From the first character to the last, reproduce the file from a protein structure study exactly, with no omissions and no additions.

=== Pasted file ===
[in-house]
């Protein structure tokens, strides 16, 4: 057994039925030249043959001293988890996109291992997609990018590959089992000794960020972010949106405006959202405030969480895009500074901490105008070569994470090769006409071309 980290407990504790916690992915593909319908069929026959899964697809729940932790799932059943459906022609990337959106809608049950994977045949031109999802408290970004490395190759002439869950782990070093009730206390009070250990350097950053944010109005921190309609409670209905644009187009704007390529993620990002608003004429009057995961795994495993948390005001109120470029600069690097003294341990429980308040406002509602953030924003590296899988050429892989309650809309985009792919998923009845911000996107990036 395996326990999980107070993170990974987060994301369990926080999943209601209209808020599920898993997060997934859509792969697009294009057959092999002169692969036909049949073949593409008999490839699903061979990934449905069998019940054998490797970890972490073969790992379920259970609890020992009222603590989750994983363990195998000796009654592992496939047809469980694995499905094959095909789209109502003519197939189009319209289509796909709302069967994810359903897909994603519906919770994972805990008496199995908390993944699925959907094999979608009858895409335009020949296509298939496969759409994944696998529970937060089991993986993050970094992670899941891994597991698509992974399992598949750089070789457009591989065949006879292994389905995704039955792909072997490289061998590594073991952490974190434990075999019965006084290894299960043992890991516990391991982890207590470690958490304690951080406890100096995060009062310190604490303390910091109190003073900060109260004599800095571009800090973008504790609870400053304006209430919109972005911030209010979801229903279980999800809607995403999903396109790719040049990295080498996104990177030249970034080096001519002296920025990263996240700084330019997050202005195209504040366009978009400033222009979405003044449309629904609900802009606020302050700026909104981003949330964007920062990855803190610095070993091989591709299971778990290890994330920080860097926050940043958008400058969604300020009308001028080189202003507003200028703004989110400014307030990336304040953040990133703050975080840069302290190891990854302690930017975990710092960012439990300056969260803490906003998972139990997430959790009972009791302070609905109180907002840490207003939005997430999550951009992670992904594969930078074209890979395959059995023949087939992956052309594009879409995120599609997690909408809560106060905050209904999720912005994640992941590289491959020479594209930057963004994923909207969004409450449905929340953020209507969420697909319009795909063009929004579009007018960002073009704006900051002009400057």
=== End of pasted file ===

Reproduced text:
[in-house]
């Protein structure tokens, strides 16, 4: 057994039925030249043959001293988890996109291992997609990018590959089992000794960020972010949106405006959202405030969480895009500074901490105008070569994470090769006409071309 980290407990504790916690992915593909319908069929026959899964697809729940932790799932059943459906022609990337959106809608049950994977045949031109999802408290970004490395190759002439869950782990070093009730206390009070250990350097950053944010109005921190309609409670209905644009187009704007390529993620990002608003004429009057995961795994495993948390005001109120470029600069690097003294341990429980308040406002509602953030924003590296899988050429892989309650809309985009792919998923009845911000996107990036 395996326990999980107070993170990974987060994301369990926080999943209601209209808020599920898993997060997934859509792969697009294009057959092999002169692969036909049949073949593409008999490839699903061979990934449905069998019940054998490797970890972490073969790992379920259970609890020992009222603590989750994983363990195998000796009654592992496939047809469980694995499905094959095909789209109502003519197939189009319209289509796909709302069967994810359903897909994603519906919770994972805990008496199995908390993944699925959907094999979608009858895409335009020949296509298939496969759409994944696998529970937060089991993986993050970094992670899941891994597991698509992974399992598949750089070789457009591989065949006879292994389905995704039955792909072997490289061998590594073991952490974190434990075999019965006084290894299960043992890991516990391991982890207590470690958490304690951080406890100096995060009062310190604490303390910091109190003073900060109260004599800095571009800090973008504790609870400053304006209430919109972005911030209010979801229903279980999800809607995403999903396109790719040049990295080498996104990177030249970034080096001519002296920025990263996240700084330019997050202005195209504040366009978009400033222009979405003044449309629904609900802009606020302050700026909104981003949330964007920062990855803190610095070993091989591709299971778990290890994330920080860097926050940043958008400058969604300020009308001028080189202003507003200028703004989110400014307030990336304040953040990133703050975080840069302290190891990854302690930017975990710092960012439990300056969260803490906003998972139990997430959790009972009791302070609905109180907002840490207003939005997430999550951009992670992904594969930078074209890979395959059995023949087939992956052309594009879409995120599609997690909408809560106060905050209904999720912005994640992941590289491959020479594209930057963004994923909207969004409450449905929340953020209507969420697909319009795909063009929004579009007018960002073009704006900051002009400057």